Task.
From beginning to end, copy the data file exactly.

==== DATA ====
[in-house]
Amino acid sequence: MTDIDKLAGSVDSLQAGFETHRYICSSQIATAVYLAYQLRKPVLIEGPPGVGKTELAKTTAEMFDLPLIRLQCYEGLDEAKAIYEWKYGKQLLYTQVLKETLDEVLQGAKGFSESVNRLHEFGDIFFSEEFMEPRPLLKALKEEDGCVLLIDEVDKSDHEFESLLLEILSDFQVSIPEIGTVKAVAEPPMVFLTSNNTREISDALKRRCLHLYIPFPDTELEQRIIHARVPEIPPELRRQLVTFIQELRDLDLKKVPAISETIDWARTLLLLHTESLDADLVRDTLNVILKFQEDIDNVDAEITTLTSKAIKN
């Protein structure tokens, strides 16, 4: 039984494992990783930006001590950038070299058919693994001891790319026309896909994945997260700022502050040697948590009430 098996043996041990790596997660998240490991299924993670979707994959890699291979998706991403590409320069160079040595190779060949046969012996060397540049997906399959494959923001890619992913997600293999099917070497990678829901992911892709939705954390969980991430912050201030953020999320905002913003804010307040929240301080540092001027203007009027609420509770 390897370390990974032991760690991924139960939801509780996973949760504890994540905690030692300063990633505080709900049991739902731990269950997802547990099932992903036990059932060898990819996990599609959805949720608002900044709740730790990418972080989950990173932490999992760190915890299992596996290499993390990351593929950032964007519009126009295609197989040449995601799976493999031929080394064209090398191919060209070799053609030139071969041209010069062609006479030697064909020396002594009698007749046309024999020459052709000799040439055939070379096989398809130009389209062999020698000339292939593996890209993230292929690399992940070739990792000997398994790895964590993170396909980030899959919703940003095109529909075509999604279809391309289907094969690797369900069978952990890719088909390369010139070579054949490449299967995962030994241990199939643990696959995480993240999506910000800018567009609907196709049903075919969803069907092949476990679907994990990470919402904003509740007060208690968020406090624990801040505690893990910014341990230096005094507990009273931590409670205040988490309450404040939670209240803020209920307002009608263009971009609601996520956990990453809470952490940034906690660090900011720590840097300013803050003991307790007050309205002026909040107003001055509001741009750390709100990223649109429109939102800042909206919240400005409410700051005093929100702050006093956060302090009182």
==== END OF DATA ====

[in-house]
Amino acid sequence: MTDIDKLAGSVDSLQAGFETHRYICSSQIATAVYLAYQLRKPVLIEGPPGVGKTELAKTTAEMFDLPLIRLQCYEGLDEAKAIYEWKYGKQLLYTQVLKETLDEVLQGAKGFSESVNRLHEFGDIFFSEEFMEPRPLLKALKEEDGCVLLIDEVDKSDHEFESLLLEILSDFQVSIPEIGTVKAVAEPPMVFLTSNNTREISDALKRRCLHLYIPFPDTELEQRIIHARVPEIPPELRRQLVTFIQELRDLDLKKVPAISETIDWARTLLLLHTESLDADLVRDTLNVILKFQEDIDNVDAEITTLTSKAIKN
């Protein structure tokens, strides 16, 4: 039984494992990783930006001590950038070299058919693994001891790319026309896909994945997260700022502050040697948590009430 098996043996041990790596997660998240490991299924993670979707994959890699291979998706991403590409320069160079040595190779060949046969012996060397540049997906399959494959923001890619992913997600293999099917070497990678829901992911892709939705954390969980991430912050201030953020999320905002913003804010307040929240301080540092001027203007009027609420509770 390897370390990974032991760690991924139960939801509780996973949760504890994540905690030692300063990633505080709900049991739902731990269950997802547990099932992903036990059932060898990819996990599609959805949720608002900044709740730790990418972080989950990173932490999992760190915890299992596996290499993390990351593929950032964007519009126009295609197989040449995601799976493999031929080394064209090398191919060209070799053609030139071969041209010069062609006479030697064909020396002594009698007749046309024999020459052709000799040439055939070379096989398809130009389209062999020698000339292939593996890209993230292929690399992940070739990792000997398994790895964590993170396909980030899959919703940003095109529909075509999604279809391309289907094969690797369900069978952990890719088909390369010139070579054949490449299967995962030994241990199939643990696959995480993240999506910000800018567009609907196709049903075919969803069907092949476990679907994990990470919402904003509740007060208690968020406090624990801040505690893990910014341990230096005094507990009273931590409670205040988490309450404040939670209240803020209920307002009608263009971009609601996520956990990453809470952490940034906690660090900011720590840097300013803050003991307790007050309205002026909040107003001055509001741009750390709100990223649109429109939102800042909206919240400005409410700051005093929100702050006093956060302090009182």